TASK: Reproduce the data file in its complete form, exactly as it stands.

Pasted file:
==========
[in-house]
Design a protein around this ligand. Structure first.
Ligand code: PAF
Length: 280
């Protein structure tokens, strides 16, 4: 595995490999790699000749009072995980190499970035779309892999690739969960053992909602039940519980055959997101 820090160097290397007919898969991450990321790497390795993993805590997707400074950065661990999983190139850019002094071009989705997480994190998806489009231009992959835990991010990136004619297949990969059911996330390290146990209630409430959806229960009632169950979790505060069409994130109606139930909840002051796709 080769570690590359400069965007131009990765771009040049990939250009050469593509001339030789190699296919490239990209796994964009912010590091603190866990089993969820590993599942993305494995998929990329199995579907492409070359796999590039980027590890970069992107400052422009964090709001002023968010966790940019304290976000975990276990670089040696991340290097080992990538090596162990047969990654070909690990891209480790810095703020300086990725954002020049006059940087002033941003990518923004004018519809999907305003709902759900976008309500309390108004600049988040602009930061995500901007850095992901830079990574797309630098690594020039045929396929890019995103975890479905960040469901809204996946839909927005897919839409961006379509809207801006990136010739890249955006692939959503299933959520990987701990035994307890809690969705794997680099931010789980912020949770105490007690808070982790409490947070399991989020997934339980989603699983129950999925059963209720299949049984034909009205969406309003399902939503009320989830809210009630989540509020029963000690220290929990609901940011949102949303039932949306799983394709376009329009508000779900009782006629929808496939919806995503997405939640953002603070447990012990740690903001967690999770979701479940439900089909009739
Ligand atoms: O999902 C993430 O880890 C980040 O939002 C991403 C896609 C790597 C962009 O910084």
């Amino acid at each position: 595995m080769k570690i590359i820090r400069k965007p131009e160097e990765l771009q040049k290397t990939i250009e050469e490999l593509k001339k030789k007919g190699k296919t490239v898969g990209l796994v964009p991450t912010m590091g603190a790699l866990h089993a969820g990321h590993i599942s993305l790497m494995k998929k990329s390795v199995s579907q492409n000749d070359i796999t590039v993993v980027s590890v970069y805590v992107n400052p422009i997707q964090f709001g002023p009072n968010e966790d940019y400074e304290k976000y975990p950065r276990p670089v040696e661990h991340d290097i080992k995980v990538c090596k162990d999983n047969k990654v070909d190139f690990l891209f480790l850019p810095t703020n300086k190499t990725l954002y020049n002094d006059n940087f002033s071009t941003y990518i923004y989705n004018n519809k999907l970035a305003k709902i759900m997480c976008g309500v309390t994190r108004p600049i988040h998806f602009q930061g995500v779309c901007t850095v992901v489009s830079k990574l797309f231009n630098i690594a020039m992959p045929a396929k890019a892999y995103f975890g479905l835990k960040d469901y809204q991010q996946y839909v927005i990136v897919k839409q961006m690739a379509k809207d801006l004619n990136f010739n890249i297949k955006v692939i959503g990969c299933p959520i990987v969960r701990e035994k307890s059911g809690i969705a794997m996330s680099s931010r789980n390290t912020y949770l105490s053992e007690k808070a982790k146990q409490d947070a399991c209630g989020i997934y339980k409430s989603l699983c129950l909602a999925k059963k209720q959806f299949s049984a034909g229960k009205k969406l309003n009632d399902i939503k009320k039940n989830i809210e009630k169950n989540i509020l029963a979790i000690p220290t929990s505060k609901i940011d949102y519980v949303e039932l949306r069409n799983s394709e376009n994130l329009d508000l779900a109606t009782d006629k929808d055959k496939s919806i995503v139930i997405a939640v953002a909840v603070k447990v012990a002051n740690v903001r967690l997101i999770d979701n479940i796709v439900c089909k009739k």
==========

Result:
[in-house]
Design a protein around this ligand. Structure first.
Ligand code: PAF
Length: 280
């Protein structure tokens, strides 16, 4: 595995490999790699000749009072995980190499970035779309892999690739969960053992909602039940519980055959997101 820090160097290397007919898969991450990321790497390795993993805590997707400074950065661990999983190139850019002094071009989705997480994190998806489009231009992959835990991010990136004619297949990969059911996330390290146990209630409430959806229960009632169950979790505060069409994130109606139930909840002051796709 080769570690590359400069965007131009990765771009040049990939250009050469593509001339030789190699296919490239990209796994964009912010590091603190866990089993969820590993599942993305494995998929990329199995579907492409070359796999590039980027590890970069992107400052422009964090709001002023968010966790940019304290976000975990276990670089040696991340290097080992990538090596162990047969990654070909690990891209480790810095703020300086990725954002020049006059940087002033941003990518923004004018519809999907305003709902759900976008309500309390108004600049988040602009930061995500901007850095992901830079990574797309630098690594020039045929396929890019995103975890479905960040469901809204996946839909927005897919839409961006379509809207801006990136010739890249955006692939959503299933959520990987701990035994307890809690969705794997680099931010789980912020949770105490007690808070982790409490947070399991989020997934339980989603699983129950999925059963209720299949049984034909009205969406309003399902939503009320989830809210009630989540509020029963000690220290929990609901940011949102949303039932949306799983394709376009329009508000779900009782006629929808496939919806995503997405939640953002603070447990012990740690903001967690999770979701479940439900089909009739
Ligand atoms: O999902 C993430 O880890 C980040 O939002 C991403 C896609 C790597 C962009 O910084």
């Amino acid at each position: 595995m080769k570690i590359i820090r400069k965007p131009e160097e990765l771009q040049k290397t990939i250009e050469e490999l593509k001339k030789k007919g190699k296919t490239v898969g990209l796994v964009p991450t912010m590091g603190a790699l866990h089993a969820g990321h590993i599942s993305l790497m494995k998929k990329s390795v199995s579907q492409n000749d070359i796999t590039v993993v980027s590890v970069y805590v992107n400052p422009i997707q964090f709001g002023p009072n968010e966790d940019y400074e304290k976000y975990p950065r276990p670089v040696e661990h991340d290097i080992k995980v990538c090596k162990d999983n047969k990654v070909d190139f690990l891209f480790l850019p810095t703020n300086k190499t990725l954002y020049n002094d006059n940087f002033s071009t941003y990518i923004y989705n004018n519809k999907l970035a305003k709902i759900m997480c976008g309500v309390t994190r108004p600049i988040h998806f602009q930061g995500v779309c901007t850095v992901v489009s830079k990574l797309f231009n630098i690594a020039m992959p045929a396929k890019a892999y995103f975890g479905l835990k960040d469901y809204q991010q996946y839909v927005i990136v897919k839409q961006m690739a379509k809207d801006l004619n990136f010739n890249i297949k955006v692939i959503g990969c299933p959520i990987v969960r701990e035994k307890s059911g809690i969705a794997m996330s680099s931010r789980n390290t912020y949770l105490s053992e007690k808070a982790k146990q409490d947070a399991c209630g989020i997934y339980k409430s989603l699983c129950l909602a999925k059963k209720q959806f299949s049984a034909g229960k009205k969406l309003n009632d399902i939503k009320k039940n989830i809210e009630k169950n989540i509020l029963a979790i000690p220290t929990s505060k609901i940011d949102y519980v949303e039932l949306r069409n799983s394709e376009n994130l329009d508000l779900a109606t009782d006629k929808d055959k496939s919806i995503v139930i997405a939640v953002a909840v603070k447990v012990a002051n740690v903001r967690l997101i999770d979701n479940i796709v439900c089909k009739k």